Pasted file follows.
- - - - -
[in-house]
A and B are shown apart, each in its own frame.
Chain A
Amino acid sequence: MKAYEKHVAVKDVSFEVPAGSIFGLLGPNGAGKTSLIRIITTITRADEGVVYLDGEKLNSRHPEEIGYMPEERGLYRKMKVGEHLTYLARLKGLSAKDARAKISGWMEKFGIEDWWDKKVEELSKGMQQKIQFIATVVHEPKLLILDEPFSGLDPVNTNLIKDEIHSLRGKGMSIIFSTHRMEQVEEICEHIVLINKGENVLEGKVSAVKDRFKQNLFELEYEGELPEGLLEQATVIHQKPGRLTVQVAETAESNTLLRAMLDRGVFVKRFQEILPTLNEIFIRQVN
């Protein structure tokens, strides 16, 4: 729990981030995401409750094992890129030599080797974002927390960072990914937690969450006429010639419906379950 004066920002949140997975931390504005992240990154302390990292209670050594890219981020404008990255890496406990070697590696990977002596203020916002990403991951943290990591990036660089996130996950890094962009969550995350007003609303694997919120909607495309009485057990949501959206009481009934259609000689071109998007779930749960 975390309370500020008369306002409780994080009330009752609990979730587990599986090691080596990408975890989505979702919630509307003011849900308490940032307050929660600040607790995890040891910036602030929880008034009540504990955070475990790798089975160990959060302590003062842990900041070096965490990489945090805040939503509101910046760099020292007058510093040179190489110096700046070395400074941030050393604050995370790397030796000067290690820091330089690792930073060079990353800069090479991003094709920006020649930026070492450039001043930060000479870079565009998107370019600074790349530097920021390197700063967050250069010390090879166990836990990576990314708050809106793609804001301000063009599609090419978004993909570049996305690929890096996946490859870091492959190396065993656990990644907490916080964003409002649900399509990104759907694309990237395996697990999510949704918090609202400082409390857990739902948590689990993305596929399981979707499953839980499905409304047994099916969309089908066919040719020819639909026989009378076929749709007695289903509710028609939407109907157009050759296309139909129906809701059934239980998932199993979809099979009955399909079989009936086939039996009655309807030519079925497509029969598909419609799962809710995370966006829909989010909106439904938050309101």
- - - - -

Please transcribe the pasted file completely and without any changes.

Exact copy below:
[in-house]
A and B are shown apart, each in its own frame.
Chain A
Amino acid sequence: MKAYEKHVAVKDVSFEVPAGSIFGLLGPNGAGKTSLIRIITTITRADEGVVYLDGEKLNSRHPEEIGYMPEERGLYRKMKVGEHLTYLARLKGLSAKDARAKISGWMEKFGIEDWWDKKVEELSKGMQQKIQFIATVVHEPKLLILDEPFSGLDPVNTNLIKDEIHSLRGKGMSIIFSTHRMEQVEEICEHIVLINKGENVLEGKVSAVKDRFKQNLFELEYEGELPEGLLEQATVIHQKPGRLTVQVAETAESNTLLRAMLDRGVFVKRFQEILPTLNEIFIRQVN
């Protein structure tokens, strides 16, 4: 729990981030995401409750094992890129030599080797974002927390960072990914937690969450006429010639419906379950 004066920002949140997975931390504005992240990154302390990292209670050594890219981020404008990255890496406990070697590696990977002596203020916002990403991951943290990591990036660089996130996950890094962009969550995350007003609303694997919120909607495309009485057990949501959206009481009934259609000689071109998007779930749960 975390309370500020008369306002409780994080009330009752609990979730587990599986090691080596990408975890989505979702919630509307003011849900308490940032307050929660600040607790995890040891910036602030929880008034009540504990955070475990790798089975160990959060302590003062842990900041070096965490990489945090805040939503509101910046760099020292007058510093040179190489110096700046070395400074941030050393604050995370790397030796000067290690820091330089690792930073060079990353800069090479991003094709920006020649930026070492450039001043930060000479870079565009998107370019600074790349530097920021390197700063967050250069010390090879166990836990990576990314708050809106793609804001301000063009599609090419978004993909570049996305690929890096996946490859870091492959190396065993656990990644907490916080964003409002649900399509990104759907694309990237395996697990999510949704918090609202400082409390857990739902948590689990993305596929399981979707499953839980499905409304047994099916969309089908066919040719020819639909026989009378076929749709007695289903509710028609939407109907157009050759296309139909129906809701059934239980998932199993979809099979009955399909079989009936086939039996009655309807030519079925497509029969598909419609799962809710995370966006829909989010909106439904938050309101």